ASASSN-17ff and ASASSN-17fg: Discovery of Two Probable Supernovae in NGC 3506 and 2MASX J05003418-6204211
ATel #10301; J. Brimacombe (Coral Towers Observatory), B. Nicholls (Mt. Vernon Obs., New Zealand), G. Stone (Sierra Remote Observatories), I. Cruz (Cruz Observatory), T. W.-S. Holoien, K. Z. Stanek, C. S. Kochanek, J. S. Brown, J. Shields, T. A. Thompson (Ohio State), B. J. Shappee (Hubble Fellow, Carnegie Observatories), J. L. Prieto (Diego Portales; MAS), D. Bersier (LJMU), Subo Dong, S. Bose, Ping Chen (KIAA-PKU), P. Cacella (DogsHeaven Observatory), G. Masi (Virtual Telescope Project, Ceccano, Italy), R. S. Post (Post Astronomy)
on 21 Apr 2017; 17:44 UT
Distributed as an Instant Email Notice Supernovae
Credential Certification: Thomas Holoien (firstname.lastname@example.org)
Subjects: Optical, Supernovae, Transient
Referred to by ATel #: 10304
During the ongoing All Sky Automated Survey for SuperNovae (ASAS-SN, Shappee et al. 2014), using data from the quadruple 14-cm "Brutus" telescope in Haleakala, Hawaii, we discovered two new transient sources, most likely supernovae, in the galaxies NGC 3506 and 2MASX J05003418-6204211.
ASASSN-17ff (AT 2017dfq) was discovered in images obtained on UT 2017-04-20.25 at V~16.4 mag. We also detect the object in images obtained on UT 2017-04-15.010 (V~16.9). We do not detect (V>17.0) the object in images taken on UT 2017-04-12.26 and before. An image obtained on 2017-04-21 by J. Brimacombe confirms the discovery of the transient. This figure shows the archival SDSS g-band image of the host (left) and the J. Brimacombe confirmation image (right). The red circle has a radius of 4" and is centered on the position of the transient in the J. Brimacombe image.
The position of ASASSN-17ff is approximately 4.5" North and 0.9" West from the center of the galaxy NGC 3506 (z=0.021358, d=94.2 Mpc, via NED), giving an absolute V-band magnitude of approximately -18.5 (m-M=34.87, A_V=0.057).
ASASSN-17fg (AT 2017dfv) was discovered in images obtained on UT 2017-04-19.910 at V~16.6 mag. We also detect the object in images obtained on UT 2017-04-13.03 (V~17.2). We do not detect (V>17.1) the object in images taken on UT 2017-04-11.02 and before. An image obtained on 2017-04-21 by J. Brimacombe confirms the discovery of the transient. This figure shows the archival DSS image of the host (left) and the J. Brimacombe confirmation image (right). The red circle has a radius of 5" and is centered on the position of the transient in the J. Brimacombe image.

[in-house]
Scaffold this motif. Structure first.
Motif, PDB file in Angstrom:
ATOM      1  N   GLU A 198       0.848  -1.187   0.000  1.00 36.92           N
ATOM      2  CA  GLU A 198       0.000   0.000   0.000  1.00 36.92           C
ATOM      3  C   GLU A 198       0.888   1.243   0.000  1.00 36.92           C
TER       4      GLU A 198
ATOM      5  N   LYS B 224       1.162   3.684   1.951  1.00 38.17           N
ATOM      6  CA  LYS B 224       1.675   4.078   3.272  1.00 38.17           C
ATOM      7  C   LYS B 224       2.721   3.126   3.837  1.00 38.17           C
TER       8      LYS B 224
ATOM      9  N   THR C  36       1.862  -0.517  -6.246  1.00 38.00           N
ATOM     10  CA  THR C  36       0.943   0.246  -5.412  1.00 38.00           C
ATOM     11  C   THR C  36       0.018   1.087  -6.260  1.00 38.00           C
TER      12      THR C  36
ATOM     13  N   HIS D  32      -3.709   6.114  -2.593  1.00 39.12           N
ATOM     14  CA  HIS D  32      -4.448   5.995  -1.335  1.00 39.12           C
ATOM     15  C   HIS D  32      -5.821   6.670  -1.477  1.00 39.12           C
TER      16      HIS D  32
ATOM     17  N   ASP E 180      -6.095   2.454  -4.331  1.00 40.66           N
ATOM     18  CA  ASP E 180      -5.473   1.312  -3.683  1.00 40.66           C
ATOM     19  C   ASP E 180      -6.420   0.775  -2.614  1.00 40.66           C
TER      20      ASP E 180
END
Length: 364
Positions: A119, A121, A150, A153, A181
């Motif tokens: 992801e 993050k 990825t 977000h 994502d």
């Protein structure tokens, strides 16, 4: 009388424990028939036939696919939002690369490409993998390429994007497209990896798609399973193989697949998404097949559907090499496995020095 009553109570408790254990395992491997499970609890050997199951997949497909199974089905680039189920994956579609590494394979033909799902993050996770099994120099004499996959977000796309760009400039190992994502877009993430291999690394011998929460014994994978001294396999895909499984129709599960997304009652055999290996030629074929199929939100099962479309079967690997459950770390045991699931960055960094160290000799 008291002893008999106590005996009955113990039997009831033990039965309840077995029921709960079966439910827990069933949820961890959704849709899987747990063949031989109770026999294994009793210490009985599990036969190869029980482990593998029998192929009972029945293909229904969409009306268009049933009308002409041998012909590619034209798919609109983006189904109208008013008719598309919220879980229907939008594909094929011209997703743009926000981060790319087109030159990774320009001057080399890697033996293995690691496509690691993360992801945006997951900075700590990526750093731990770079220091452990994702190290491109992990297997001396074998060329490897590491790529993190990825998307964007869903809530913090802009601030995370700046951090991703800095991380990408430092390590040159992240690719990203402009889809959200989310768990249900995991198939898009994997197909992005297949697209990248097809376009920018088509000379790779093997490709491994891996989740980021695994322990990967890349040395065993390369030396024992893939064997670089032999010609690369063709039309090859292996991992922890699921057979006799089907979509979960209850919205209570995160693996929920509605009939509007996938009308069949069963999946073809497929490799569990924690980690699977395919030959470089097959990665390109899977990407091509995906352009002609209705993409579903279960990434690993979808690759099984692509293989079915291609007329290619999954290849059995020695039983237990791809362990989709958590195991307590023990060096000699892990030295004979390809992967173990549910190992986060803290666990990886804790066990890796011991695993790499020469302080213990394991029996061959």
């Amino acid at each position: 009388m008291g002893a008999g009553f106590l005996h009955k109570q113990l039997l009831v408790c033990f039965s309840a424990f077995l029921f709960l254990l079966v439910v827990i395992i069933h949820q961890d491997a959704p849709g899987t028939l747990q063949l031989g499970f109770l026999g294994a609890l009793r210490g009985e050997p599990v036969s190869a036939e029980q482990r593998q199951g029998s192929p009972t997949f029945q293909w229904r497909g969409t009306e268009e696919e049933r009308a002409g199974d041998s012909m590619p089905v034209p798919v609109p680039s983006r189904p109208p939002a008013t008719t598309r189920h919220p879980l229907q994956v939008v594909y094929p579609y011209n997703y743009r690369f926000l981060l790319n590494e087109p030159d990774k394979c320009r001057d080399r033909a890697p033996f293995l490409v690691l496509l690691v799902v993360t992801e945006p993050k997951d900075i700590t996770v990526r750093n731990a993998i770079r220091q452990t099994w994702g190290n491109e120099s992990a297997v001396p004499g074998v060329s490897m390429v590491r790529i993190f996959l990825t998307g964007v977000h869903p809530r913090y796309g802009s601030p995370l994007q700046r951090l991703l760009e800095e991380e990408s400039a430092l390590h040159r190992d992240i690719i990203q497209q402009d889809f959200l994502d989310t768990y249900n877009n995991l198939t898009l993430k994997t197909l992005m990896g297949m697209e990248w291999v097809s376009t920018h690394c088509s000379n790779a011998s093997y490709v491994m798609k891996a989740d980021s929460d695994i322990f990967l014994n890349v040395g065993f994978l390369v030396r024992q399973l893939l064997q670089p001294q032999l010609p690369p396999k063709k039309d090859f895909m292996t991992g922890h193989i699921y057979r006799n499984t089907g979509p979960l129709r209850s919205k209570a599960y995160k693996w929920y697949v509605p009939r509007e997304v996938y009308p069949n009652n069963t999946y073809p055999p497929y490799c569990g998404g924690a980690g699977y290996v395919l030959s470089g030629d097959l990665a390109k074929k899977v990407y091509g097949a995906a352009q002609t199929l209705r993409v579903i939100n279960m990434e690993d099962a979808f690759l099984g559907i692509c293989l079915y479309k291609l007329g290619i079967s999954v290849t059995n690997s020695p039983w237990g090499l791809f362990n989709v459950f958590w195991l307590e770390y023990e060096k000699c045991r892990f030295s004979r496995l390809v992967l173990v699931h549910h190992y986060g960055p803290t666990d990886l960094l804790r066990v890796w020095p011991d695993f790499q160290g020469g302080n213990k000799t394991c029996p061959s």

The position of ASASSN-17fg is approximately 6.6" North and 11.5" East from the center of the galaxy 2MASX J05003418-6204211, which has no redshift available in NED. Properties of the new source and photometry are summarized in the tables below:
Properties of the new source and photometry are summarized in the tables below:
Object RA (J2000) DEC (J2000) Disc. UT Date Disc. V mag Approx. Abs. Mag Offset from Host (")
ASASSN-17ff 11:03:12.91 +11:04:40.53 2017-04-20.25 16.4 -18.5 4.59
ASASSN-17fg 05:00:35.82 -62:04:14.36 2017-04-19.91 16.6 N/A 13.26
Obs. UT Date V mag
Obs. UT Date V mag
Follow-up observations are encouraged.
While we are participating in the TNS system to minimize potential confusion, ASAS-SN will continue using ASASSN-17xx transient names as our primary nomenclature (including supernovae, but also other classes of transients), and we encourage others to do the same. We prefer merging the names as ASASSN-17xx (AT 2017xyz) to preserve, rather than anonymize, the origin of the transient.
We thank Las Cumbres Observatory and its staff for their continued support of ASAS-SN. ASAS-SN is funded in part by the Gordon and Betty Moore Foundation through grant GBMF5490 to the Ohio State University, NSF grant AST-1515927, the Center for Cosmology and AstroParticle Physics (CCAPP) at OSU, the Chinese Academy of Sciences South America Center for Astronomy (CASSACA), and the Mt. Cuba Astronomical Foundation. For more information about the ASAS-SN project, see the ASAS-SN Homepage and the list of all ASAS-SN transients.